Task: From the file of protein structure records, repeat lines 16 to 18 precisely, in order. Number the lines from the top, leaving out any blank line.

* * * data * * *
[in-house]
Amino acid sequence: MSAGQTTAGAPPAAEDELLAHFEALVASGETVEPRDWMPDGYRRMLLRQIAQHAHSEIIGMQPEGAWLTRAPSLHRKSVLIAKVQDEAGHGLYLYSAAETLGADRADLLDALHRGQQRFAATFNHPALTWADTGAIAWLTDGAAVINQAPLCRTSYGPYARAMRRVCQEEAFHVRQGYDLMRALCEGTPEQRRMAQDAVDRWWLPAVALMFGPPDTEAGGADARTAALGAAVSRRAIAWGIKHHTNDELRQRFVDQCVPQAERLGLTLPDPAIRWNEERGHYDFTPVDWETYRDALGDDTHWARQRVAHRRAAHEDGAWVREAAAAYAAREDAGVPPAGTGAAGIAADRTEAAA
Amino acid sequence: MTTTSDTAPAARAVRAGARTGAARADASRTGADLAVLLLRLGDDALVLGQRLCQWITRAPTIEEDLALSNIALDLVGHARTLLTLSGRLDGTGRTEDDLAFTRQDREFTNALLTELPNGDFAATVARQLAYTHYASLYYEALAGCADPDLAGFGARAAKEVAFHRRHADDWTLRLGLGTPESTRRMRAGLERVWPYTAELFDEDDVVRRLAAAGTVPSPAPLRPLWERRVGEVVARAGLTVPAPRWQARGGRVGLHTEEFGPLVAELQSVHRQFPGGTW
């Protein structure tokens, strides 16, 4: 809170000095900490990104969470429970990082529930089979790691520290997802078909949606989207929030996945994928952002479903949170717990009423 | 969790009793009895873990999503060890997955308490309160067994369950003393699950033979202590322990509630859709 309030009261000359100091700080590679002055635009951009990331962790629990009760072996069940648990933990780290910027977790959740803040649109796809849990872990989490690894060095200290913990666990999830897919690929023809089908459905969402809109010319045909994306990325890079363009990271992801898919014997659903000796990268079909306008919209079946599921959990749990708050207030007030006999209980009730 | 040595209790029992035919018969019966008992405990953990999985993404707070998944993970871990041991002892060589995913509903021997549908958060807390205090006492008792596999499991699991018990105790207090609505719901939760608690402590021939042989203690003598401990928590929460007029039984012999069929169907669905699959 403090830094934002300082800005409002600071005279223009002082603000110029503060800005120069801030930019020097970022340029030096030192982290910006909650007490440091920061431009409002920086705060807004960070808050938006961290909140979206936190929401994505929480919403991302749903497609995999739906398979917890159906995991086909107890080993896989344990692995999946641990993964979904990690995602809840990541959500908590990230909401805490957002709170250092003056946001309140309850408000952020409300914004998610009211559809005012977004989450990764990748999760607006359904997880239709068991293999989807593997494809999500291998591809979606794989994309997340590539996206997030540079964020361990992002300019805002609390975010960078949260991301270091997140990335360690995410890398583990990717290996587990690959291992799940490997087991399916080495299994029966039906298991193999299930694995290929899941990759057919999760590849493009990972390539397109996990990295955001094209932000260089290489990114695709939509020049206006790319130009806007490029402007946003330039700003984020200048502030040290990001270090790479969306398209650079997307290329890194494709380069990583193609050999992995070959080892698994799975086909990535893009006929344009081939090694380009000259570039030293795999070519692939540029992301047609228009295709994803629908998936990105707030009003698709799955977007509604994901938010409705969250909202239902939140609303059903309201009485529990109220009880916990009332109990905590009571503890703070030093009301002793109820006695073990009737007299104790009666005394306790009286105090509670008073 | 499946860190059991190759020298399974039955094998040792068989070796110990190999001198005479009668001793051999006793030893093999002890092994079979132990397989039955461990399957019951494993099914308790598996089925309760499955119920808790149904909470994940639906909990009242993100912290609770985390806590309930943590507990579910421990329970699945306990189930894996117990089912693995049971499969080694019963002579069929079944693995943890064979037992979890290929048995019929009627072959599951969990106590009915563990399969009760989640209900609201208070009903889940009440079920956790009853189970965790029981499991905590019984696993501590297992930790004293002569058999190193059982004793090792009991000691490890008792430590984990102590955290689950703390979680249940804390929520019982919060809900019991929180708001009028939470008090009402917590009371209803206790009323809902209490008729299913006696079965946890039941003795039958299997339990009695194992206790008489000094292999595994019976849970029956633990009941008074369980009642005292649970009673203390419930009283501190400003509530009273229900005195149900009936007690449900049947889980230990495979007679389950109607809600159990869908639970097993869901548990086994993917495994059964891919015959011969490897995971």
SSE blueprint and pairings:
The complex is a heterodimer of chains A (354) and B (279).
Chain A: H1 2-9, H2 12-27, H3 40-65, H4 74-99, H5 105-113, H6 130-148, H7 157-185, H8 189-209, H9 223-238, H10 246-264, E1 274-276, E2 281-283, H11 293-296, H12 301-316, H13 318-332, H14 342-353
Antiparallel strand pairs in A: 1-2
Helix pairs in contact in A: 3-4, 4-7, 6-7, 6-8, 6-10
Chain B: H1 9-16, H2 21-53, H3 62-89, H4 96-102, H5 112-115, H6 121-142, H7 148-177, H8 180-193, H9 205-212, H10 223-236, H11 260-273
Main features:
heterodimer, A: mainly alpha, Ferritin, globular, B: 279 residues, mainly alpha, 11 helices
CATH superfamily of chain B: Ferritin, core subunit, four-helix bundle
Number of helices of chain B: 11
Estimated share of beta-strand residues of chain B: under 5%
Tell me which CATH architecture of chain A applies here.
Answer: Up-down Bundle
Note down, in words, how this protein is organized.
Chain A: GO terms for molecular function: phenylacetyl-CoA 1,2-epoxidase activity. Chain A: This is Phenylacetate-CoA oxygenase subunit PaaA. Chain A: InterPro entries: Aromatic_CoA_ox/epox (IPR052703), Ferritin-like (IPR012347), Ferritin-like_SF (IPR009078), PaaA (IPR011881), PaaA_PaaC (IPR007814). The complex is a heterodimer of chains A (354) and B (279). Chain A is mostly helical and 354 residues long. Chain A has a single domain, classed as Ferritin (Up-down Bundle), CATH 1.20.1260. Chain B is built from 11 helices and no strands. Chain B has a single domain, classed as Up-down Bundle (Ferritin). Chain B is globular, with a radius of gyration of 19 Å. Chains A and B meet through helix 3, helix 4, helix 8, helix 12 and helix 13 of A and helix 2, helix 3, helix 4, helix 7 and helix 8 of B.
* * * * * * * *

Tell me which CATH architecture of chain A applies here.
Answer: Up-down Bundle
Note down, in words, how this protein is organized.